The post-Brexit era opened in January with a slump in the agri-food trade of 11% compared to the same month last year, according to data released by the European Commission.
After a long period of continuous growth, the EU experienced a sharp fall in agri-food exports, mostly due to a €800-million contraction in the value of products sold to the UK, according to the Commission’s monthly trade report released on Thursday (6 May).
Year-on-year, the EU’s agri-food exports fell by 24% in January and by 32% compared with the previous month of December.
The value of imports from the UK also plummeted by 67%, with a loss of €874 million, with the decline in the volume of trade felt across all categories of agri-food products.
The decrease in trade with Britain follows the end of the transition period in December 2020 after the UK’s official departure from the EU earlier that year.
Overall, the EU’s overall agri-food trade with all partners fell by 11% year-on-year to €13.5 billion, with the biggest losses in export value seen in wine (€188 million), infant food (€142 million), preparations of vegetables and fruit (€89 million), and chocolate and confectionery (€79 million).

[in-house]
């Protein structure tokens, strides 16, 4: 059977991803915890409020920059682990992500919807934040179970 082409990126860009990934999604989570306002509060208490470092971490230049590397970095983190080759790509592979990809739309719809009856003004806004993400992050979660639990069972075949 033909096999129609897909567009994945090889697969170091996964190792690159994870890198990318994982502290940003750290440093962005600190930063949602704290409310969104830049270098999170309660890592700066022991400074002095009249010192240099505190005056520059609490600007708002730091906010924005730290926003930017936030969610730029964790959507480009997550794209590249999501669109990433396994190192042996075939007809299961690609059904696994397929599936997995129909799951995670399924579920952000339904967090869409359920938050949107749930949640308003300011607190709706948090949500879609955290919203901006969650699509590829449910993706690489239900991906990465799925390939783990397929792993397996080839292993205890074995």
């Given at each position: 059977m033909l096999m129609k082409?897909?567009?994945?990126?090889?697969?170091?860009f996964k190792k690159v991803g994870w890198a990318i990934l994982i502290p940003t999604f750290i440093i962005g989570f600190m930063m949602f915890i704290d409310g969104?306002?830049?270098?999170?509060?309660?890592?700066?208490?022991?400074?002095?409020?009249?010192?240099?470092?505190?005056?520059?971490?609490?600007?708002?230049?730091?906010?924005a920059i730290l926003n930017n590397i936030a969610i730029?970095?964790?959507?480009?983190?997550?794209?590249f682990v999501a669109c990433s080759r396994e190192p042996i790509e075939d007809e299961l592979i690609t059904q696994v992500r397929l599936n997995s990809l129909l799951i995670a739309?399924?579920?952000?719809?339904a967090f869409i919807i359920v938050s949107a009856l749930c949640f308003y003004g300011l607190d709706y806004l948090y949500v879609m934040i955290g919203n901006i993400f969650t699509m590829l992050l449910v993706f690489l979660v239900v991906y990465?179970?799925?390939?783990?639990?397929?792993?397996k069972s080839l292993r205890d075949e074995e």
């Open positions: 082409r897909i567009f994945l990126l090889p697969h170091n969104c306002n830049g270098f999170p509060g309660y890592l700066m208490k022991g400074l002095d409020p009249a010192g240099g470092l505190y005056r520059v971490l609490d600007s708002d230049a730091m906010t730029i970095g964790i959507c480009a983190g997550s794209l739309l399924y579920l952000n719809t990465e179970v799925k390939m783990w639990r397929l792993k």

The UK has now unsurprisingly shot to the top of the list of destinations for the EU’s agri-food exports, with a trade value four times bigger than the second-largest importer of EU foodstuffs, the US.
According to Joao Pacheco, a senior fellow at the think tank Farm Europe, this figure in the first month of actual post-Brexit trade suggested a disproportionately negative impact of the UK’s departure in both EU exports and imports. However, he said it might be too early to tell.
“Although we expect a negative trade impact of Brexit, we should wait a few more months before assessing its real scope,” he told EURACTIV.
Falls were also recorded in the value of exports to the US (down by €254 million), Russia (€110 million), Japan (€66 million), and Saudi Arabia (€62 million).
The situation is expected to improve with the end of the aircraft subsidies row that has soured transatlantic relations in recent years and led to the US and EU imposing reciprocal tariffs on agri-food products.
The Commission’s trade outlook also shows that European agriculture has been hit hard by the COVID-19 pandemic, despite the EU’s efforts to prevent it, according to the German conservative MEP Norbert Lins.
“Together with the necessary environmental and climate measures, we also need to focus on our role in global food security in the Common Agricultural Policy (CAP) reform,” said the lawmaker, who is the chair of the European Parliament’s agriculture committee.
[Edited by Josie Le Blond]